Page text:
Since knowledge retrieval takes place at the interface between social interaction and technology (Gammelgaard & Ritter, 2005) successful systems of ecollaboration intended to manage knowledge involve the effective integration of both their technical and social components. Alongside technical developments, the standardisation of communication protocols has provided the realistic prospect of universal interconnection of businesses. The ubiquity of technology is not, however, reflected in the way that people, using the collaborative infrastructure, make sense of the data that emerges from the collaboration and go on to construct meaning from it. This is mediated not only by technology but by local culture, most explicitly represented by the recurrent activities that represent practice carried out by local communities of workers (Lave & Wenger, 1991; Brown & Duguid, 1996; Wenger, 1998). This interplay of technology, working practice, organisational structure and people traditionally lies at the heart of socio-technical systems (Leavitt, 1965) applied to leverage the skills of knowledge workers. This article examines the role and contribution of e-collaboration systems in inter-organizational knowledge management. The processes underlying this interplay are viewed from three perspectives: communication, collaborative practice and community, opportunities for the future development of e-collaboration systems are then proposed.
Key Terms in this Chapter
E-Collaboration: The use of information technology to establish, facilitate and sustain cooperation between two geographically dispersed parties, who have common goals, to enable them to work together for mutual benefit.
E-Communication: The reciprocal sending and receiving of information using Internet-based technology.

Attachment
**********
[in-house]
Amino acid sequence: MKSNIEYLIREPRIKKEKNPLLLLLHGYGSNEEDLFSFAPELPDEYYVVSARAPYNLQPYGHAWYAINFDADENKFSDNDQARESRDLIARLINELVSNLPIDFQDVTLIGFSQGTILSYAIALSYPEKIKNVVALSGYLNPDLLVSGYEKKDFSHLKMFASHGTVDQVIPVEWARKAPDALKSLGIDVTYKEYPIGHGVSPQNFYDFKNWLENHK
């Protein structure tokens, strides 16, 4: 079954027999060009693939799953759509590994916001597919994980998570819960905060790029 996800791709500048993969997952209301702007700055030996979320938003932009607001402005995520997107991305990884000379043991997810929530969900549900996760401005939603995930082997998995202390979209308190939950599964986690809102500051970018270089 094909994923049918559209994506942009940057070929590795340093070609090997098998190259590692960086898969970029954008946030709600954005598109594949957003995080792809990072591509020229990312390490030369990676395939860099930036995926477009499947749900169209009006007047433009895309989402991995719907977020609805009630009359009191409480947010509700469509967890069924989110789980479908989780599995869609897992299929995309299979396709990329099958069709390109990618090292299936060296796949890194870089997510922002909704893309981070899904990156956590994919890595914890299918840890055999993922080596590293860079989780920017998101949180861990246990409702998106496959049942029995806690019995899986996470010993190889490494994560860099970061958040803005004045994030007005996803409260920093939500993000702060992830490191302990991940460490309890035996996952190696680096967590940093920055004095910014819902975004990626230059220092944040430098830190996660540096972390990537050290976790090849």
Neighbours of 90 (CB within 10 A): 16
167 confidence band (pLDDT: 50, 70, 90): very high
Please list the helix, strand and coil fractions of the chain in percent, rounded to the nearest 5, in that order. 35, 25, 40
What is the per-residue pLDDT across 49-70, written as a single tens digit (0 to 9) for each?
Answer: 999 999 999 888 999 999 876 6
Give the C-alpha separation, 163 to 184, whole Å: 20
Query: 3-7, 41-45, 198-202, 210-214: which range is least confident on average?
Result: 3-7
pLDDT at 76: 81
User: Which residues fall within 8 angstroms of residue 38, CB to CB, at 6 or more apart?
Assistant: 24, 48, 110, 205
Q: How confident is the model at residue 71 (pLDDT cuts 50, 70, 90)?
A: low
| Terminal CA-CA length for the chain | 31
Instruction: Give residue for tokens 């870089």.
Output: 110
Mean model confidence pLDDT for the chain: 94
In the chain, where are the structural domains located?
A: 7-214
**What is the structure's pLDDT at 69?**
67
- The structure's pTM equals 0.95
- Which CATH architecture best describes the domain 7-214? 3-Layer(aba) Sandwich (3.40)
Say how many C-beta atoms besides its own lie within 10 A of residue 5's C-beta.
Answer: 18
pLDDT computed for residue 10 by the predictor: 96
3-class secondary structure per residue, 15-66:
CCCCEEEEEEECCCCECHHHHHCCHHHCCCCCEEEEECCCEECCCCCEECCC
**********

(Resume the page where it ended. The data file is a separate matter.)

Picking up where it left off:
Knowledge Management: Knowledge is contextual information embedded in experience which can be tacit or explicit. Knowledge cannot be managed; only the processes for creating, capturing, codifying, storing, and transferring knowledge in organisations to sustain competitive advantage can be managed.
Collaborative Practice: The ways of working which emerge between communities of practice as they work towards the achievement of common goals.
Knowledge Fragmentation: Knowledge is dispersed around an organization and its existence and/or whereabouts is unknown making it inaccessible.
Community Of Practice: The emergent process of social learning as a self-organized group of people with shared values, beliefs and goals, work together towards a common aim, sharing knowledge through informal interaction.
Social Activity Theory: An approach that explores the dynamic social relationships within communities of practice.
Collaborative Systems: A computer-based system that is accessed and used by more than one organisation to support business transactions in the supply chain. The system allows data to be automatically updated in a partner organisation’s systems during the processing of a transaction.